John Hancock's signature from just before Declaration of Independence is for sale
Though it never really needs a boost, interest in collectibles from the birth of America as an independent nation got one last week with the sale of the final volume of the Harbottle Dorr collection of annotated Massachussetts newspapers from the 1760s-70s.

Whilst most Americana collectors will only have been able to watch as the set sold for $345,000 to their most natural owner: the Massachussetts historical society, which owns the other three volumes. They will soon be on view in an exhibition.

However, not all excellent pieces of memorabilia from the time are out of reach. Heritage is offering a highly covetable piece in their upcoming Signature Historical Manuscripts auction.

This is a John Hancock document signed as President of the Continental Congress: An extract from the Congressional minutes written in the hand of Charles Thomson, to be precise. Thomson countersigns as Secretary.

It is one page, measuring 7.25" x 9", headed "In Congress" [Philadelphia], March 20, 1776.

This Continental Congress resolution concerning the transport of British prisoners from Trenton can be found in the Journals of the Continental Congress, 1774-1789 (ed. Worthington C. Ford et al. [Washington, D.C., 1904-1937], 4:220).

John Hancock signed document
One of the most famous signatures in the world: John Hancock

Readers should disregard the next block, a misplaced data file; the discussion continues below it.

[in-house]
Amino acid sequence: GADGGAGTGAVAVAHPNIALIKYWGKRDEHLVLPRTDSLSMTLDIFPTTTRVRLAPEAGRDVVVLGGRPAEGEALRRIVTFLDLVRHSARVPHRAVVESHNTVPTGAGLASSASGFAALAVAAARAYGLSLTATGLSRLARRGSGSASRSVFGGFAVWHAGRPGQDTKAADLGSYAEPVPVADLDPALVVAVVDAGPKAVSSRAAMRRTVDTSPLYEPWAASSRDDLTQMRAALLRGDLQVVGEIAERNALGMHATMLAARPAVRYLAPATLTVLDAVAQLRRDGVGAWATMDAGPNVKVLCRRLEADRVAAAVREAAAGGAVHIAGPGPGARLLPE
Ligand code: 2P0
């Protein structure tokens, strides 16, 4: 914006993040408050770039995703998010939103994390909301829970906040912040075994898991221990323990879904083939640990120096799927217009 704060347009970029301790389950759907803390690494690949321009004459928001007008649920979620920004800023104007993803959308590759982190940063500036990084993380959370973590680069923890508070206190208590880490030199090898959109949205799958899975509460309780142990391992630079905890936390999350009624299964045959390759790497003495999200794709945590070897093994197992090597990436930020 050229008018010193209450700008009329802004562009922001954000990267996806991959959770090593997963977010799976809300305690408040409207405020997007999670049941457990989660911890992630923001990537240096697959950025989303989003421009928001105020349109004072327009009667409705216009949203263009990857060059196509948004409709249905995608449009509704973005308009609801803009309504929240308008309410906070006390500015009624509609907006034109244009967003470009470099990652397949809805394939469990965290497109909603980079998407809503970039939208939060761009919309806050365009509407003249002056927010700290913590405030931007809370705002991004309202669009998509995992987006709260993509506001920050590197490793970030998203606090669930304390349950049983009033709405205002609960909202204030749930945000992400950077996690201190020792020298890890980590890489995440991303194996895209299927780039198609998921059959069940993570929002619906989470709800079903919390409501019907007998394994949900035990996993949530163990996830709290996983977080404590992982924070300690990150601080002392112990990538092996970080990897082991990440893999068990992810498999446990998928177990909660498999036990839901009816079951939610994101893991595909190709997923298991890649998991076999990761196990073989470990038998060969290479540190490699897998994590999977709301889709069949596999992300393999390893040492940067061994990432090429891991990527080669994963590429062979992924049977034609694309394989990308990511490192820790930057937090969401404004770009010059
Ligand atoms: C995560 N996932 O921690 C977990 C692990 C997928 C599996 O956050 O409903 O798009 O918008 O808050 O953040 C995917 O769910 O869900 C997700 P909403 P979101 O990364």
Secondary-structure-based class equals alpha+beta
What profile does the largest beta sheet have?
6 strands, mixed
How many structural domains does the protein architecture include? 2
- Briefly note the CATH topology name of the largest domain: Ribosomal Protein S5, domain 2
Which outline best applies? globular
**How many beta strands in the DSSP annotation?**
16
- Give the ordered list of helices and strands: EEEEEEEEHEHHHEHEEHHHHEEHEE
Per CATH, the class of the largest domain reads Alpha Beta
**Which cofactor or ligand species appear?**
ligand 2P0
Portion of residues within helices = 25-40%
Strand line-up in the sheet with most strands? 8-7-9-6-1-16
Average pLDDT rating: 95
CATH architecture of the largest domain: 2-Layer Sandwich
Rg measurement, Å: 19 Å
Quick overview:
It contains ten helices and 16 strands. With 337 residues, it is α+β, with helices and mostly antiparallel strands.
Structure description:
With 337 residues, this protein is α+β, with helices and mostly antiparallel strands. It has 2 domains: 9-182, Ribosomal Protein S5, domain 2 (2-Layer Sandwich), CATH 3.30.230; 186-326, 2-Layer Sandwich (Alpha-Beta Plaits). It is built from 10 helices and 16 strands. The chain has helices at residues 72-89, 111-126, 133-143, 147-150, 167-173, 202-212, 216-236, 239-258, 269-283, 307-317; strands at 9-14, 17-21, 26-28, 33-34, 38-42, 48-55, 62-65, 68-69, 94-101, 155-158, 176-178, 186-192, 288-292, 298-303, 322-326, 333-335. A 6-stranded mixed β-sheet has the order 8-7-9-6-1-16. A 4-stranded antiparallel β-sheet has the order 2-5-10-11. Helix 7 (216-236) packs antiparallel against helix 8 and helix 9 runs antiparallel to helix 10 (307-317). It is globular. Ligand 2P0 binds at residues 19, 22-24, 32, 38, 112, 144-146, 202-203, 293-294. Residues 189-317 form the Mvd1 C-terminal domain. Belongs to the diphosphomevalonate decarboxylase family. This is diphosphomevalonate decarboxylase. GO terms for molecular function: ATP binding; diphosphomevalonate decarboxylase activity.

Written less than four months before the Declaration of Independence was approved, this resolution reads in full:

"Resolved that the Committee of Safety of the colony of New Jersey be desired to remove the prisoners from Trenton to just place or places in that colony as may thought convenient, at a proper distance from the sea and post road, subject to the regulations formerly made respecting prisoners. Resolved that all officer prisoners, who shall refuse to subscribe the parole ordered by Congress, be committed to prison.

Extract from the minutes.
[signed] Chas Thomson, Secry.
[signed] John Hancock, President."

The manuscript has been professionally restored to mend all separations at the folds, with a few pinholes of paper loss thereat, in one instance affecting the first 'o' in 'Thomson'. There is evidence of mat burn at the margins, with light chipping.

The ink is exceptionally bold, and makes a striking presentation and estimated at $10,000-$15,000 in Heritage's September 13 auction. Collectors on the lookout for first collectibles from the time will also be interested in this George Washington signed lottery ticket, which is available away from the sale.


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